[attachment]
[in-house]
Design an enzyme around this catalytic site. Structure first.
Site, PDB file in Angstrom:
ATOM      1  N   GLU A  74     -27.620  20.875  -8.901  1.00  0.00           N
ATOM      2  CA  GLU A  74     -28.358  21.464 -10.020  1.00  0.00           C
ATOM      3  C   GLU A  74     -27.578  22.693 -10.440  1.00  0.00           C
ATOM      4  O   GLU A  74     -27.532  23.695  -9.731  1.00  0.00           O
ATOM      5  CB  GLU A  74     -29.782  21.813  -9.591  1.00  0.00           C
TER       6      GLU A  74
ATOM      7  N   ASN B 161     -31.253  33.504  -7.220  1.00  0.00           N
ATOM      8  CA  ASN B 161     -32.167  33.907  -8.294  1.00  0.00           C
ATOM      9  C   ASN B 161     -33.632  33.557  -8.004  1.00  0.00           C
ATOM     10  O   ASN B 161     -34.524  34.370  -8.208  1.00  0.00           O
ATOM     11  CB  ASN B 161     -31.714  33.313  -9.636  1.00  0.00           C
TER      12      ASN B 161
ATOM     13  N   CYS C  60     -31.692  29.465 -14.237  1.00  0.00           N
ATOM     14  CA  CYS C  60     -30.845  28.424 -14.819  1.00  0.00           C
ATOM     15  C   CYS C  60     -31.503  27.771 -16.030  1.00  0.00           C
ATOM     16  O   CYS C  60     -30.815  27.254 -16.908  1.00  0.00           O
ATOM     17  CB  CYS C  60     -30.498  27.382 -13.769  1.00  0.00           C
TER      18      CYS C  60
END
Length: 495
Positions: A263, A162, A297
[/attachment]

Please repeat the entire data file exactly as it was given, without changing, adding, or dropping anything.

[in-house]
Design an enzyme around this catalytic site. Structure first.
Site, PDB file in Angstrom:
ATOM      1  N   GLU A  74     -27.620  20.875  -8.901  1.00  0.00           N
ATOM      2  CA  GLU A  74     -28.358  21.464 -10.020  1.00  0.00           C
ATOM      3  C   GLU A  74     -27.578  22.693 -10.440  1.00  0.00           C
ATOM      4  O   GLU A  74     -27.532  23.695  -9.731  1.00  0.00           O
ATOM      5  CB  GLU A  74     -29.782  21.813  -9.591  1.00  0.00           C
TER       6      GLU A  74
ATOM      7  N   ASN B 161     -31.253  33.504  -7.220  1.00  0.00           N
ATOM      8  CA  ASN B 161     -32.167  33.907  -8.294  1.00  0.00           C
ATOM      9  C   ASN B 161     -33.632  33.557  -8.004  1.00  0.00           C
ATOM     10  O   ASN B 161     -34.524  34.370  -8.208  1.00  0.00           O
ATOM     11  CB  ASN B 161     -31.714  33.313  -9.636  1.00  0.00           C
TER      12      ASN B 161
ATOM     13  N   CYS C  60     -31.692  29.465 -14.237  1.00  0.00           N
ATOM     14  CA  CYS C  60     -30.845  28.424 -14.819  1.00  0.00           C
ATOM     15  C   CYS C  60     -31.503  27.771 -16.030  1.00  0.00           C
ATOM     16  O   CYS C  60     -30.815  27.254 -16.908  1.00  0.00           O
ATOM     17  CB  CYS C  60     -30.498  27.382 -13.769  1.00  0.00           C
TER      18      CYS C  60
END
Length: 495
Positions: A263, A162, A297